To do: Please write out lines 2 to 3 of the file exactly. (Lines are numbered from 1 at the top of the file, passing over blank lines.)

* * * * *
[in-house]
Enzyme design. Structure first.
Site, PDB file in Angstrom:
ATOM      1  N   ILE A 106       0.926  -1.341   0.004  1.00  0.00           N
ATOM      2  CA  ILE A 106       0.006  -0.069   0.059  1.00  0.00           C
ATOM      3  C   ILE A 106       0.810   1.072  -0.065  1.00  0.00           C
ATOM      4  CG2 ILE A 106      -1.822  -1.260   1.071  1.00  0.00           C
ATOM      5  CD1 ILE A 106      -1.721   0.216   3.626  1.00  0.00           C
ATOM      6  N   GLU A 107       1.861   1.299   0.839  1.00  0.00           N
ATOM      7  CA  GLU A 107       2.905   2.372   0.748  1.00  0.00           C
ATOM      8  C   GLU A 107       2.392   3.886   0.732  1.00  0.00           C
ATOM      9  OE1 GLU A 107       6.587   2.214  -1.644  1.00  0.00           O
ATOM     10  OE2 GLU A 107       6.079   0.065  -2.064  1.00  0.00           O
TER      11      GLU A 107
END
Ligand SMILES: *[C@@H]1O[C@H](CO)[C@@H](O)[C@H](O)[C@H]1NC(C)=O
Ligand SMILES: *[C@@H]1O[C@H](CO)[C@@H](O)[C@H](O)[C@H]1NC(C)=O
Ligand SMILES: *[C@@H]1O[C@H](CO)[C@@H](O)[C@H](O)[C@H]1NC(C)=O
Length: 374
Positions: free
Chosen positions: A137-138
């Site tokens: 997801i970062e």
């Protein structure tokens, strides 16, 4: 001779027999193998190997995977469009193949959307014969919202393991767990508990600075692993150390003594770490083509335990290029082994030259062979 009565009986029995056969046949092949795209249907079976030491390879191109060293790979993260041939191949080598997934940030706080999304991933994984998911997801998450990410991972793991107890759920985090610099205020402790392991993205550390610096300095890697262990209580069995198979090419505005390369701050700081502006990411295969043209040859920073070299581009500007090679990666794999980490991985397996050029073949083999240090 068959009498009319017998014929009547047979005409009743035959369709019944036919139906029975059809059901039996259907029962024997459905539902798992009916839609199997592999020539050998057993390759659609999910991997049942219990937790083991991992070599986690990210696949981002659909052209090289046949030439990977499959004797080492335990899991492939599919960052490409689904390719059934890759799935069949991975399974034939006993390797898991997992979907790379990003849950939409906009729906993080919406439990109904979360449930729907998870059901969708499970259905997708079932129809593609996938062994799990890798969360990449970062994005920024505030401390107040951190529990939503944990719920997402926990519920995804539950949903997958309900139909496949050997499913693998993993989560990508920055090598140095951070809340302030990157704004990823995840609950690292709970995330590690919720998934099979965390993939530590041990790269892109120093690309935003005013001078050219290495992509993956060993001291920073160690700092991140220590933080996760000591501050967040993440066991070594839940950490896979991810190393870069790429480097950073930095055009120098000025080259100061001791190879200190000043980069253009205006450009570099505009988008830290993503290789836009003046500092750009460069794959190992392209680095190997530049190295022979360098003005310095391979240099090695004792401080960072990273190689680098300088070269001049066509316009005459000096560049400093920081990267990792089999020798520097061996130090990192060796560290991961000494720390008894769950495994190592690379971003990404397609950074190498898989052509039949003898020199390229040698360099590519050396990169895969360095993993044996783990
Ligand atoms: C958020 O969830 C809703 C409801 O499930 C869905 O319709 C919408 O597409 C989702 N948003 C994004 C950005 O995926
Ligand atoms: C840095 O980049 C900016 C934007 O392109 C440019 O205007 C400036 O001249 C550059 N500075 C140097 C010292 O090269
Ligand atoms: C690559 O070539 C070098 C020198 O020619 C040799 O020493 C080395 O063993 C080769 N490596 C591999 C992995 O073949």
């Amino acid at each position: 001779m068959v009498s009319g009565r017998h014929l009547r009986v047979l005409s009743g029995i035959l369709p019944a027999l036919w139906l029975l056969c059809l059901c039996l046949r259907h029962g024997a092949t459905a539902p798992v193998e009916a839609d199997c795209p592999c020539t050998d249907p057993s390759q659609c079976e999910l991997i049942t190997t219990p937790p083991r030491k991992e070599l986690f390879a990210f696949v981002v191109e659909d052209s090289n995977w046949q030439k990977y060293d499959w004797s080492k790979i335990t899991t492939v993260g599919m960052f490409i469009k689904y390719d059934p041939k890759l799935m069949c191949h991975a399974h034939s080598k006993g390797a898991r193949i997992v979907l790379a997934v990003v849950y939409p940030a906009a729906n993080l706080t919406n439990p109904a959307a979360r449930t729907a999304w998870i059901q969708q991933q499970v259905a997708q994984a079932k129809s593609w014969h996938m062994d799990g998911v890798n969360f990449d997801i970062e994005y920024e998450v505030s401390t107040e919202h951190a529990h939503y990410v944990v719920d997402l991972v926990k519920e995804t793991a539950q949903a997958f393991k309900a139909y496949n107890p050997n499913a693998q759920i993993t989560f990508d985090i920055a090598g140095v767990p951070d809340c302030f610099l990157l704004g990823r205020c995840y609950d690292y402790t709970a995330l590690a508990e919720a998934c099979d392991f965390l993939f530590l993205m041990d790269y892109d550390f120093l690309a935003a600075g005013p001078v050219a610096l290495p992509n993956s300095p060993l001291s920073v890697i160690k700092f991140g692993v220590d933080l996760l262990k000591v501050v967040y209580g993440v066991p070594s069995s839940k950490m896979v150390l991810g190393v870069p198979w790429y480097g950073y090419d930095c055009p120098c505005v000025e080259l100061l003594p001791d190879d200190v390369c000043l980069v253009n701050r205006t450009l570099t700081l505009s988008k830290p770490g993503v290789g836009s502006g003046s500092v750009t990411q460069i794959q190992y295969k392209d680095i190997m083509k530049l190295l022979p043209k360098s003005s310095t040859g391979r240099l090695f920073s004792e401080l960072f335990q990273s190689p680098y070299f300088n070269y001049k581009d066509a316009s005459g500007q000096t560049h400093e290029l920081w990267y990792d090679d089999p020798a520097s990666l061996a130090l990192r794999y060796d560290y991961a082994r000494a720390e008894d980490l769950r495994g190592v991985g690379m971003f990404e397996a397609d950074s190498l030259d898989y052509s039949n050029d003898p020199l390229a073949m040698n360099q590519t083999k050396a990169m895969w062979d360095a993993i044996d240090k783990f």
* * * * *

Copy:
Enzyme design. Structure first.
Site, PDB file in Angstrom: